Teck Resources (TSX: TECK.A and TECK.B, NYSE: TECK) announced Friday that subsidiary Teck Coal Limited has resolved charges under the Fisheries Act relating to 2012 discharges of selenium and calcite to a mine settling pond and to the Fording River from its Fording River and Greenhills steelmaking coal operations in the Elk Valley region of British Columbia.
The B.C. Provincial Court has accepted a plea of guilty and a joint sentencing submission by the Crown and Teck Coal in relation to two counts charging offences under s. 36(3) of the Fisheries Act. As part of the resolution Teck Coal will pay a penalty of C$30 million ($47.6m) in respect of each offence. The Crown will not proceed with charges relating to the same discharges over the period from 2013 to 2019.
As previously announced in October 2020, Environment and Climate Change Canada has also issued a Direction under the Fisheries Act setting out additional measures to improve water quality and prevent calcite deposition that are complementary to measures already included in the Elk Valley Water Quality Plan that Teck is implementing. Information on the Elk Valley Water Quality Plan is here.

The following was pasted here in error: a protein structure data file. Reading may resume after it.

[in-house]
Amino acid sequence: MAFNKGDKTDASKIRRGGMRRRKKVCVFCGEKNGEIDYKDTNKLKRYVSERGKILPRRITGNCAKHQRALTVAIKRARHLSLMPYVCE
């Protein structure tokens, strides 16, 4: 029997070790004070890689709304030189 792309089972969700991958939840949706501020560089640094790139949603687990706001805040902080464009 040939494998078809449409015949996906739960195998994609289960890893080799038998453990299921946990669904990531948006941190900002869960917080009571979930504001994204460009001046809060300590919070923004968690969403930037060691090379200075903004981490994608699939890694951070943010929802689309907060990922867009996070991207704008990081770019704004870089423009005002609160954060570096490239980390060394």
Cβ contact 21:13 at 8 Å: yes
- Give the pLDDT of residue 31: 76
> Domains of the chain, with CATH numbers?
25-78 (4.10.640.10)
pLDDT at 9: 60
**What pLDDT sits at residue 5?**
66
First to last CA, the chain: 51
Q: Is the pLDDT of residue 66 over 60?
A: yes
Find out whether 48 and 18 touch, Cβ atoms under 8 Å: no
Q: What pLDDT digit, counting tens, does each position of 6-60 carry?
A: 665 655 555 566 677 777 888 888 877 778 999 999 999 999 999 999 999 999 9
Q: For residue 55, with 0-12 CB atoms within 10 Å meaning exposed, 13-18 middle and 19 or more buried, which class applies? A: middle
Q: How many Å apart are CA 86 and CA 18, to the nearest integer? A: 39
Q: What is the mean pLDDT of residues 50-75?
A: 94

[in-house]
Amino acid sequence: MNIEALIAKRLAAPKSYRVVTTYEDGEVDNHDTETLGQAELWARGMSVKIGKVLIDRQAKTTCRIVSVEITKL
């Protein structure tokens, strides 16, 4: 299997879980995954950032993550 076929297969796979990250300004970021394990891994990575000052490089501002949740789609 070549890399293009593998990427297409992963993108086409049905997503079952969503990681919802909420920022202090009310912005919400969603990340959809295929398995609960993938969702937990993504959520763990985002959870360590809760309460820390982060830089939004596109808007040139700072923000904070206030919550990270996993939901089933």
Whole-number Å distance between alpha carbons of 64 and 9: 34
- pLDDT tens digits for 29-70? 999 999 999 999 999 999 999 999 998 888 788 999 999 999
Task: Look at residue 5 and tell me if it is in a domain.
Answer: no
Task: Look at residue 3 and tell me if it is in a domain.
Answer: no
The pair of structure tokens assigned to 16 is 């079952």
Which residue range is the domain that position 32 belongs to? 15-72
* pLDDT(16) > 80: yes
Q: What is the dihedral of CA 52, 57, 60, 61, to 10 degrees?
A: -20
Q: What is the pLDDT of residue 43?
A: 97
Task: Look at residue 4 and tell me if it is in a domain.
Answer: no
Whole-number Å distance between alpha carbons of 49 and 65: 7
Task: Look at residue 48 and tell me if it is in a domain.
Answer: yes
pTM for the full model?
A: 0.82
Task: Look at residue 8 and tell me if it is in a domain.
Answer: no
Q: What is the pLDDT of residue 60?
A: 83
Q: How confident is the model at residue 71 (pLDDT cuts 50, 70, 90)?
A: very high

“We sincerely apologize and take responsibility for the impacts of these discharges,” Teck CEO Don Lindsay said in a media statement. Everyone at Teck is committed to responsible mining that protects the environment.”
“Although there has been mining in the Elk Valley for more than 120 years, it was not until 2010-2012 – through independent research commissioned by Teck – that we began to understand the full extent of the impacts of
selenium and calcite releases on water and aquatic health in the valley,” Lindsay said.
“We learned this was an extremely complex challenge connected to the long history of mining in the region, and that it required an extraordinary response,” he said.
“The Elk Valley is home to thousands of Teck employees and their families, and no one is more committed to solving this challenge than they are.”
Teck Coal Selenium and Calcite fine. They are currently building a number of water treatment plants to help address this issue. 120 years of mining and now it is a big problem. We are getting greener every year.